A key study has revealed that the construction of the Hells Gate Dam in North Queensland is viable.
The SMEC-led study into the feasibility of the $5.35 billion irrigated agricultural and power project on the upper Burdekin River found the Hells Gates Dam Irrigation Scheme a project with the potential to redefine Northern Queensland’s agriculture sector and underpin long term export market growth and investment.
Charters Towers Regional Council Mayor, Cr Liz Schmidt says the project has her support and she believes it has community support as well.
“Water security, especially for agriculture, will be a major issue into the future. Phase One of the Hells Gates project would see the realisation of our community’s single most important infrastructure project – Big Rocks Weir.”
“The establishment of a vibrant agriculture industry associated with the realisation of the Hells Gates Dam project and the development of Big Rocks Weir will have a direct and enduring positive impact upon the economy of Charters Towers and North Queensland.”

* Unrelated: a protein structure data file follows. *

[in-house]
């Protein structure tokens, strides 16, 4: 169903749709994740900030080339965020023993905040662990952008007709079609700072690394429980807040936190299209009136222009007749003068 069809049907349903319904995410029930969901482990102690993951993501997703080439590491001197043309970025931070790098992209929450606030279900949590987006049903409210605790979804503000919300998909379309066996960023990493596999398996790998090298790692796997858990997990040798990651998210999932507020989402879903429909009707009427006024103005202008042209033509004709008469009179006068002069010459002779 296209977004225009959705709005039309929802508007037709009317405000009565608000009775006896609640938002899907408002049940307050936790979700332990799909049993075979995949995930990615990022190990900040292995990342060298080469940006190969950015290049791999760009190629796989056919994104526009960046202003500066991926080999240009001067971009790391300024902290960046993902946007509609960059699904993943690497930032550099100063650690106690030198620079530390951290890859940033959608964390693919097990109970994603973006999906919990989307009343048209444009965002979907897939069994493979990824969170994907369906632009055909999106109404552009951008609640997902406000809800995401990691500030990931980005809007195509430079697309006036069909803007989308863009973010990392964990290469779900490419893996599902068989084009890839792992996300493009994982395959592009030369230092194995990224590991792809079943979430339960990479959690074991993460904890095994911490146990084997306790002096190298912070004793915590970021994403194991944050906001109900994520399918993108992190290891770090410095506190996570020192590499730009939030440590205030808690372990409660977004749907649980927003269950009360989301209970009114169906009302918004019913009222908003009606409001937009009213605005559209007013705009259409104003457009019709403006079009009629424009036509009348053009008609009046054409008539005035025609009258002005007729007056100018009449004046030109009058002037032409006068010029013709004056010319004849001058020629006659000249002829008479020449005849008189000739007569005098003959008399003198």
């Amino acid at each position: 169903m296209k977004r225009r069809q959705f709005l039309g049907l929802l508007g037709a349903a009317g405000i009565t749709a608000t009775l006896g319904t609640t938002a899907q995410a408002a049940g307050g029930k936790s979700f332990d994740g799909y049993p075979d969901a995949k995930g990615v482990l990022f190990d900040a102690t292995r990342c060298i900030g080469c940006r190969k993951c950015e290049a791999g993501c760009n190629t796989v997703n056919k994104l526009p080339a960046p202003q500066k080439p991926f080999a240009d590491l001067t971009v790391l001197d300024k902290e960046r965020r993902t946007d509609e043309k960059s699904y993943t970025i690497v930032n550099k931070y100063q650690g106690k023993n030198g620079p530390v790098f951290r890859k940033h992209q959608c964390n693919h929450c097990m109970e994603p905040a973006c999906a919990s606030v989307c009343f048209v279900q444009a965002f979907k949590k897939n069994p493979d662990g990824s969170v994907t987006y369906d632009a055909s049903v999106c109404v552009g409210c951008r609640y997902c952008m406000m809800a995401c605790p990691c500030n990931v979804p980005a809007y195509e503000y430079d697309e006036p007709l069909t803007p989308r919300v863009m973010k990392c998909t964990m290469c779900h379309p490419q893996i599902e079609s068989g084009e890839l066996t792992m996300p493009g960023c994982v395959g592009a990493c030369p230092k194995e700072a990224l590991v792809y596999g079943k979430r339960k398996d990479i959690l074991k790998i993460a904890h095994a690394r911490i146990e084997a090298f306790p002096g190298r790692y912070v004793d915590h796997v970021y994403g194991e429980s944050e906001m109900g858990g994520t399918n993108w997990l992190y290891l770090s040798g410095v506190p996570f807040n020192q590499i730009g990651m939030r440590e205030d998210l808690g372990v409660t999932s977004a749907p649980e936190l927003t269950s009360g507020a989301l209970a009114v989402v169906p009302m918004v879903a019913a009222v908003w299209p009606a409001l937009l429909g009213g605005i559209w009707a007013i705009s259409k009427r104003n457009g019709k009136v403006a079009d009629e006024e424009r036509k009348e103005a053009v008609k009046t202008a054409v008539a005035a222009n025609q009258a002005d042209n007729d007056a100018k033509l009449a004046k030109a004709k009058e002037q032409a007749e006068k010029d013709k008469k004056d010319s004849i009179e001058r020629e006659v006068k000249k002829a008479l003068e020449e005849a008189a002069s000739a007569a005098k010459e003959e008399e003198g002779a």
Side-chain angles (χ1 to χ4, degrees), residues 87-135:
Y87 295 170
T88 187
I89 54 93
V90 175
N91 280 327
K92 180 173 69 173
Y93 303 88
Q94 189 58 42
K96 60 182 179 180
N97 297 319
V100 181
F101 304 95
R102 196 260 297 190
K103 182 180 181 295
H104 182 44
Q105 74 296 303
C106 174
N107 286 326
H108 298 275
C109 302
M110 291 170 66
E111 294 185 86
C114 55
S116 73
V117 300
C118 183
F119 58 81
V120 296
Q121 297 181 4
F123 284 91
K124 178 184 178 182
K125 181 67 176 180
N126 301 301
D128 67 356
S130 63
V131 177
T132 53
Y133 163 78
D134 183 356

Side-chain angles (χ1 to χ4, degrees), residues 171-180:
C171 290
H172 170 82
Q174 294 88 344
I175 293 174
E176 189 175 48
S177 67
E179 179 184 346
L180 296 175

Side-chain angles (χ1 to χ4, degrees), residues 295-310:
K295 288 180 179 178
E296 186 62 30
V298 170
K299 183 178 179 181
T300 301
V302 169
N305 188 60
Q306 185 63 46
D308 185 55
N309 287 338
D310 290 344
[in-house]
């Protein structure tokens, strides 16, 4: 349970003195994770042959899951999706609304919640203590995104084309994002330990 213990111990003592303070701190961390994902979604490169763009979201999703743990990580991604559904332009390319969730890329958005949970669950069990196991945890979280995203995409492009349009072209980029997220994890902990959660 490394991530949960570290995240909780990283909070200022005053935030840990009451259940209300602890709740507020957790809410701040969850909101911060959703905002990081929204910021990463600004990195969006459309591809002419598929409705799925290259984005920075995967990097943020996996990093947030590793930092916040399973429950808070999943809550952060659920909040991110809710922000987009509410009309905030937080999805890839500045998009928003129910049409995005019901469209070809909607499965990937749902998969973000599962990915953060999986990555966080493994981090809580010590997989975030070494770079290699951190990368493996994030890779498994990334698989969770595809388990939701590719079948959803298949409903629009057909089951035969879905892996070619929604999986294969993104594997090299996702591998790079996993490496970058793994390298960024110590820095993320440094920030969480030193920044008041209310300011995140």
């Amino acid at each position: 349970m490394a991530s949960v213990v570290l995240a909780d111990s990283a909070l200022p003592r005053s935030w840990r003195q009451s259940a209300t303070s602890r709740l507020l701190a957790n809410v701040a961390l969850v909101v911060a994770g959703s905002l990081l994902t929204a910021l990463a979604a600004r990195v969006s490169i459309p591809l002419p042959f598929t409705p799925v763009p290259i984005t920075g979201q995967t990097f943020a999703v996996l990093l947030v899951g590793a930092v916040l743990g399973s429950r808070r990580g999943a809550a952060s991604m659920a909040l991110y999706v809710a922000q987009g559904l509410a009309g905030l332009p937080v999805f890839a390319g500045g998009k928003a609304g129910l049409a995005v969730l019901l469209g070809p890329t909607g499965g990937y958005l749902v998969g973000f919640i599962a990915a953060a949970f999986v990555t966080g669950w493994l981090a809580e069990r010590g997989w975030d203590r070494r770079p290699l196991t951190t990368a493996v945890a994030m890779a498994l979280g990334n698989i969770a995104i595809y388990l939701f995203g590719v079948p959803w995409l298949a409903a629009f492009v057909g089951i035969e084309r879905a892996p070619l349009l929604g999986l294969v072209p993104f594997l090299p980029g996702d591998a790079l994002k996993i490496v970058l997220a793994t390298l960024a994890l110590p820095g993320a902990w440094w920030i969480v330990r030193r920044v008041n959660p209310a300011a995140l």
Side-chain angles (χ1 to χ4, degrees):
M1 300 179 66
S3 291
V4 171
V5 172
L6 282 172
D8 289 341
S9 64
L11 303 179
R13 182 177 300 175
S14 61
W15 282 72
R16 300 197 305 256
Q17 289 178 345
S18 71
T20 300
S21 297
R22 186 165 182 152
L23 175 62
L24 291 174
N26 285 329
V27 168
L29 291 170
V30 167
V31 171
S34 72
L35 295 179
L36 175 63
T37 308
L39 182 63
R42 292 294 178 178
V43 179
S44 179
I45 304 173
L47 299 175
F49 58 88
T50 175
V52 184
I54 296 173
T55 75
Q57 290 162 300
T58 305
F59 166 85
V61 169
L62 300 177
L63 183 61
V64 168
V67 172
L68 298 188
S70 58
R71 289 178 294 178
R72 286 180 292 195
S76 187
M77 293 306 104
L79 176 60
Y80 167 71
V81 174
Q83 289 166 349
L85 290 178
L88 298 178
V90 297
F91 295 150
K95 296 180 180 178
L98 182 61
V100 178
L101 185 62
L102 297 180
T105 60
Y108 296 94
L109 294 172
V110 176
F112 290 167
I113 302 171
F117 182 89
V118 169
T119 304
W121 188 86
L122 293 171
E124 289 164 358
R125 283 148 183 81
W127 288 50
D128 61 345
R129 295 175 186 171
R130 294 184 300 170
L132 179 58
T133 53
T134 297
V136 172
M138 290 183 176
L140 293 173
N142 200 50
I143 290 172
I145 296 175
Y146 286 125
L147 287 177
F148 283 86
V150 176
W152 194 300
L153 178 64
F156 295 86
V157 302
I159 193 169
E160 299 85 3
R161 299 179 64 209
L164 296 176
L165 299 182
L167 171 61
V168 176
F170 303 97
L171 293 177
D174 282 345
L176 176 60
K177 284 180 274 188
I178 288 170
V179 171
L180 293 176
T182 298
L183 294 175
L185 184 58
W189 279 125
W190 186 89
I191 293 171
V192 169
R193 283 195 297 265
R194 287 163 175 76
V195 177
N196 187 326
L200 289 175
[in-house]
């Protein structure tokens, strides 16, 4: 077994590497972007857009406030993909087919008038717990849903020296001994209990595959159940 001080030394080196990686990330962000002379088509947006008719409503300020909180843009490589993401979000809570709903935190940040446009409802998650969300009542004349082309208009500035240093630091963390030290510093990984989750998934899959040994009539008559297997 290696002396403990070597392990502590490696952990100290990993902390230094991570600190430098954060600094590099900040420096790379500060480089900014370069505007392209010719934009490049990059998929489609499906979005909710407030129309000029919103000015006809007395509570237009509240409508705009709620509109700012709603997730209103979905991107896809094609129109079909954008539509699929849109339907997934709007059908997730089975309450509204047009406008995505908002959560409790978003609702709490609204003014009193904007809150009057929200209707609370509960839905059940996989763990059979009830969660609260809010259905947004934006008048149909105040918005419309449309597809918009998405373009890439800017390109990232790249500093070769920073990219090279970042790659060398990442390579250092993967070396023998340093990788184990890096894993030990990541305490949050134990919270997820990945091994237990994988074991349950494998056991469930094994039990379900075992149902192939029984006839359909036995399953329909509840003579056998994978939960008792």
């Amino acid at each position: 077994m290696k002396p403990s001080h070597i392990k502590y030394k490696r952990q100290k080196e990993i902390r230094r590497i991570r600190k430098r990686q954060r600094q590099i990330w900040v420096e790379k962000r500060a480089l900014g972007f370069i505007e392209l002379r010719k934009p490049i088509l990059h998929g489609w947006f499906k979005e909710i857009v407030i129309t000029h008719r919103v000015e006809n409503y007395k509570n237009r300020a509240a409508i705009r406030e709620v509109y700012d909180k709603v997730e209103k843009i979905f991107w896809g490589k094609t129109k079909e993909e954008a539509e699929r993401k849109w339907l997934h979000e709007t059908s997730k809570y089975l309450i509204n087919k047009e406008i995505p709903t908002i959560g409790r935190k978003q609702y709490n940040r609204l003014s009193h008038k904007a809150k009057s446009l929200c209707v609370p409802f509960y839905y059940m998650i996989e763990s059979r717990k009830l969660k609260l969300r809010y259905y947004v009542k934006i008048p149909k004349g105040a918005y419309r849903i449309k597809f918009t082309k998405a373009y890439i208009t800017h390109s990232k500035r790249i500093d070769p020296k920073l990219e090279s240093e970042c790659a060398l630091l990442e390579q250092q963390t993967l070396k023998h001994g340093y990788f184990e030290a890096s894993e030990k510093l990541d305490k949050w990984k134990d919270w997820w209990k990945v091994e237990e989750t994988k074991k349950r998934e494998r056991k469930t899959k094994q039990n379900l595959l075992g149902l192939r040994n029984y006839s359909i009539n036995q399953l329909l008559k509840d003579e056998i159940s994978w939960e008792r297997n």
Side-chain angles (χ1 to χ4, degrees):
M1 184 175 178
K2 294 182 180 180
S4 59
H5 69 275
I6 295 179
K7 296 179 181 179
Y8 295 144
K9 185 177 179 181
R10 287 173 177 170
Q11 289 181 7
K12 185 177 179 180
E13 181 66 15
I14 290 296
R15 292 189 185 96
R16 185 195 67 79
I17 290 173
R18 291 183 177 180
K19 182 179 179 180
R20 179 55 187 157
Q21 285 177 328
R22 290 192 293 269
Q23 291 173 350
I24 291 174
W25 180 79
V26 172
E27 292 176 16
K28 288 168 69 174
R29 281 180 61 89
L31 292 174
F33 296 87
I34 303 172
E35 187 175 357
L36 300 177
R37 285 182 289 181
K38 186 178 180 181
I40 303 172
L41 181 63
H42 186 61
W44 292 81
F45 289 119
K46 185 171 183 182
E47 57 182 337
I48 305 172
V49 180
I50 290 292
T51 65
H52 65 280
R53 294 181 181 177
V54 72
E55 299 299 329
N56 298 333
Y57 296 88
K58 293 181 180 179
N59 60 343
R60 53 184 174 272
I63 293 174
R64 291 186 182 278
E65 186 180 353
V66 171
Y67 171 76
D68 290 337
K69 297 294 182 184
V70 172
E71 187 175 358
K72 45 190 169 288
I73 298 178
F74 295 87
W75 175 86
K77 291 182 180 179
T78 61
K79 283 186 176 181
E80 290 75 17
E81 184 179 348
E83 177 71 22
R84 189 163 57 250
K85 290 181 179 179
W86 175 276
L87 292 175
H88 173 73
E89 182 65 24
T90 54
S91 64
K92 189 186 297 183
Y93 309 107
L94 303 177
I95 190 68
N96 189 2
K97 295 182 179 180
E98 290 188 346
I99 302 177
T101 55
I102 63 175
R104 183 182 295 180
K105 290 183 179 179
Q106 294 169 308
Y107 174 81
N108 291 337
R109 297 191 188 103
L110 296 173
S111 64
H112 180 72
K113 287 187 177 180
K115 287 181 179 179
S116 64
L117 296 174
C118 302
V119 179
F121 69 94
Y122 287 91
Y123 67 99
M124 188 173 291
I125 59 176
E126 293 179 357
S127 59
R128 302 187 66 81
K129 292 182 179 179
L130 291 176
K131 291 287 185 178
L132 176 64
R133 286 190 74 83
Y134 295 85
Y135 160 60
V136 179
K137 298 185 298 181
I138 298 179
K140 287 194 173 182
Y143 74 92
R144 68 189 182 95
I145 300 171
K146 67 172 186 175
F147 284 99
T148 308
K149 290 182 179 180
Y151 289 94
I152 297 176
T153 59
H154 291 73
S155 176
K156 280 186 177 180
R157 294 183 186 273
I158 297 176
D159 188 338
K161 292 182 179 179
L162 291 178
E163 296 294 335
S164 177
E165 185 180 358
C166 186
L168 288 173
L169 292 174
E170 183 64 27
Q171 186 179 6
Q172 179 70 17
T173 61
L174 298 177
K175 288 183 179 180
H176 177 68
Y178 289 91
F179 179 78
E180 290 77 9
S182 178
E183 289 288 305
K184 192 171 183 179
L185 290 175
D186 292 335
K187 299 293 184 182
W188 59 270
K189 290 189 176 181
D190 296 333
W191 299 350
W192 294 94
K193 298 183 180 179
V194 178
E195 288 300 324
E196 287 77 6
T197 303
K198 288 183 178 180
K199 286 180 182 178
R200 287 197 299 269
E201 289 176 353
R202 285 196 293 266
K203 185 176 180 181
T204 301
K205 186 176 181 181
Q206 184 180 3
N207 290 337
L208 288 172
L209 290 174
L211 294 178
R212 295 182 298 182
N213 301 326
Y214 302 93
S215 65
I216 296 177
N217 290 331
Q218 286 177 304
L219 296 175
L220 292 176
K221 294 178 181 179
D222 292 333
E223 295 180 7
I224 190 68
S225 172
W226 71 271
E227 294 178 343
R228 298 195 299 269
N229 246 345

“Big Rocks Weir would not only provide the Charters Towers community with a long-term water security solution but would also act as a first phase pilot project supportive of fast tracking the development of up to 5,000 hectares of arable land adjacent to the Hells Gates project’s most southern weir.”
“Phase One including the Big Rocks Weir, is exactly the type of project we need to help secure our economic future.”
The 12-month study found that the construction of a large dam on the upper Burdekin at the Hells Gates site was technically and economically feasible, with no major environmental barriers found as part of the Feasibility Study.
The feasibility study recommends that a Business Case including a comprehensive Environmental Impact Statement be undertaken.